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help with mounting a warped record album


CGF, Certified Grumble Framer
Apr 21, 2006
Pulaski, WI
1st, I already did a search for vinyl record/album in the grumbler and found great idea's for floating with acrylic, mylar and such but I do not have access to those items.(our list of approved items we can have in shop is very limited) I just need to mount the record to mat board, but with no matting going over the record. I have access to object mounting clips but I would have to back the record with rag mat to fill in. Any idea's on what other options I have? It's an old disney record, full disney picture on front and back and warped. The customer only want's to view one side, with a double circle cut mat around it.
Thanks for the help!
Will they let you have nuts and bolts Pollyann? How about sharp objects?

If these are allowed, you could probably find a bolt that would go thru the foam core, mat, and the hole in the record and screw a nut on to secure it. Paint the visible hardware a color that compliments the rest of the design. Don't forget to put a washer between the foam core and bolt.

Good luck!
On a planet far away, when I was a teenager (well, 25 years ago), I took one of my dad's LP's to "experiment" on, and stuck it into the.......oven!

The temperature was about low-medium, and after 10 minutes, lo and behold! That LP was like, how should I describe it, quite soft! I was able to shape it into any thing I wanted. I even made one into an ash-tray!

Hence, based on prior scientific know-how, a warped record album, "could" be un-unwarped using the above method....but do test it on a disposable specimen first! And stick it between 2 heavy objects (mirrors, glass sheets, etc) to cool down and become flat.

And of course, if it is a preservation kind of project, don't try the above at all. And last but not least, take the above advice at your own risk.

Happy baking and molding!

PS: The above was undertaken by a professional teenager he11-bent on experimenting on anything, with total disregard for any outcome. Hence, the experiment worked admirably.
If said reckless teenager was trying to conserve the LP, Murphy's Law indicates such experiment would have failed promptly!
If you mean that the picture is on the whole disc, then it is certainly vinyl, and this will work.

Turn your press on low heat. (90 degrees is plenty)

Set the record in it, between two sheets of release board or paper, and lower, but do not clamp down, the top.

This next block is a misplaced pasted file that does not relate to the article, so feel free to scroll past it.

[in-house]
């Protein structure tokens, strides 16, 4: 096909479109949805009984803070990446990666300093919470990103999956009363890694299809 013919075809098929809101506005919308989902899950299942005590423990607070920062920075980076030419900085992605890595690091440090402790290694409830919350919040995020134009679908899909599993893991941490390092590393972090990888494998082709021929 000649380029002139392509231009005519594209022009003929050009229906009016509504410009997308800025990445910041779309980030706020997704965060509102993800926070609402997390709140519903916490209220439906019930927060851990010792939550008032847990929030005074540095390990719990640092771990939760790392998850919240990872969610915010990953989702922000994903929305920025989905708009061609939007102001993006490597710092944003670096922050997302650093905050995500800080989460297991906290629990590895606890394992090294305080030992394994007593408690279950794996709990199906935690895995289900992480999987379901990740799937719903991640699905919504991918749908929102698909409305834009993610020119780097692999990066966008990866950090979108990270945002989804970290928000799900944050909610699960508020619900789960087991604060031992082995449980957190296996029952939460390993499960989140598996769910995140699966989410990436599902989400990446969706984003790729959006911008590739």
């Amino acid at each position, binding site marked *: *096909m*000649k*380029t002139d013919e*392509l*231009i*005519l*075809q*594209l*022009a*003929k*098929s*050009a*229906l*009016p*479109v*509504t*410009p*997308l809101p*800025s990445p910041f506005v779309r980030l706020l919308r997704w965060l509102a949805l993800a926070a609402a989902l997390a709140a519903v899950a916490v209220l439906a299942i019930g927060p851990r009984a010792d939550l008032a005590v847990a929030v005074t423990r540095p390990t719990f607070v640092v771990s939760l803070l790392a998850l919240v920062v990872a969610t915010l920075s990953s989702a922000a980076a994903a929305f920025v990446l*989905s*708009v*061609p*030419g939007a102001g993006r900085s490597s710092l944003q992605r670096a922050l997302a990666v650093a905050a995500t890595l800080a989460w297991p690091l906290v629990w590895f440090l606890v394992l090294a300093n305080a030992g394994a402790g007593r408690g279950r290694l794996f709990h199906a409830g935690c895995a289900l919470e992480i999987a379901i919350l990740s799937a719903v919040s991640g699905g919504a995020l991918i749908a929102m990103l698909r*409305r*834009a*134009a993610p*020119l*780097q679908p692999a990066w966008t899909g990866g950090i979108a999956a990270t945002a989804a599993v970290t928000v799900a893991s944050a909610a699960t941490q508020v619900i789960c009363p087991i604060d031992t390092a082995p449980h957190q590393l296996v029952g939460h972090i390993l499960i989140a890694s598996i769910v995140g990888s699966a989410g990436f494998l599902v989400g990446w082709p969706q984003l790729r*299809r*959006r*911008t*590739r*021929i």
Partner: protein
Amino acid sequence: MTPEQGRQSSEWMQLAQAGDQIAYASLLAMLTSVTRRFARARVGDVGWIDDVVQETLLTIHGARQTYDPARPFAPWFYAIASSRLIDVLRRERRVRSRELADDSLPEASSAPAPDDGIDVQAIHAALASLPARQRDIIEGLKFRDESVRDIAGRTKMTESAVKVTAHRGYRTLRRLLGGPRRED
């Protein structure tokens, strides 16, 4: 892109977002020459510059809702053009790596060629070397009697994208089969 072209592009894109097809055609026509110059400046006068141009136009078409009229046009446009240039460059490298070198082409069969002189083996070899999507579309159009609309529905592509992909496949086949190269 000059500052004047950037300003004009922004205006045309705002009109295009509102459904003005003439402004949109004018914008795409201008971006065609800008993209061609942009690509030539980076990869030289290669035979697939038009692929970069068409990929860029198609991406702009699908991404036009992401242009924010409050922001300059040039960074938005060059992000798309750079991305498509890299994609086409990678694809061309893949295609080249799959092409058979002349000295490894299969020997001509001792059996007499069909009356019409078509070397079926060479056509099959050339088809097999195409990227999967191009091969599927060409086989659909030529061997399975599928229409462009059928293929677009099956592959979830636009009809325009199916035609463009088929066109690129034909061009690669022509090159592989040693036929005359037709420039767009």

Wait and watch. You will see the lid go down...

Turn the heat off.

Let it cool.

Ta-daa! flat record.
"find a bolt that would go thru the foam core"

I've been getting small dowels(a little larger than the holes....sanding the shaft down to fit thru the holes, sanding the near end to look like a record spindle & paint it silver, leave it long enough to go the the backer & epoxy the record, shaft, 2-3 bumpons(under the record to keep it stable),from the back(the only part of the process that is a real PIA) not too time consuming(use a belt sander and SHARPE xacto I just dont have any warm/fuzzys about using nut/bolt-altho that should be alot faster)
Great idea about the spindle look Bill. I may have to try that one. Is it like a force-fit through the hole to get the record to stay on?
Remember the 45 rpm inserts? The little plastic adapters you would use to play a 45 on a regular turntable? I used one of those when mounting a 45 rpm...just glued the back of the insert onto a round piece of matboard, and stuck the 45 on it.
I had an album warp on me from exposure to the sun. I put the album on a turntable in the sun, turned it on so the tone arm wasn't engaged and waited. The centrifugal force from spinning made the disc go flat again. Once cool, it was again playable.

The dowel can be further modified using an electric drill as a kind of mini lathe. Sand the dowel down a bit and using a sharp tool cut a ridge in the dowel about 1/4" from the end. Using a fine toothed coping saw, split the dowel so it can compress, not unlike an old fashioned clothes pin. The record can then be held in place by the dowel, and be removed from the frame easily.
Thanks everyone for the idea's and advice. I like the idea of using a dowel and will give it a try. As for the album being warped, it will stay that way, not that I don't think it would work to flatten it, but I won't practice on a customers piece. They are aware of it's condition and fine with it.

Thanks again for the advice.

My assistant came up with the idea of using the plastic part of "mollie bolts". Is that what they're called? Perfect size. She painted the showing end of the plastic piece and screwed it throught the album hole and into the mat. So perfect.
I had a gold disc to frame once - slightly buckled - pre-grumble days, customer was happy with it as it was.

I'll know next time.

Shouldn't this be in warped?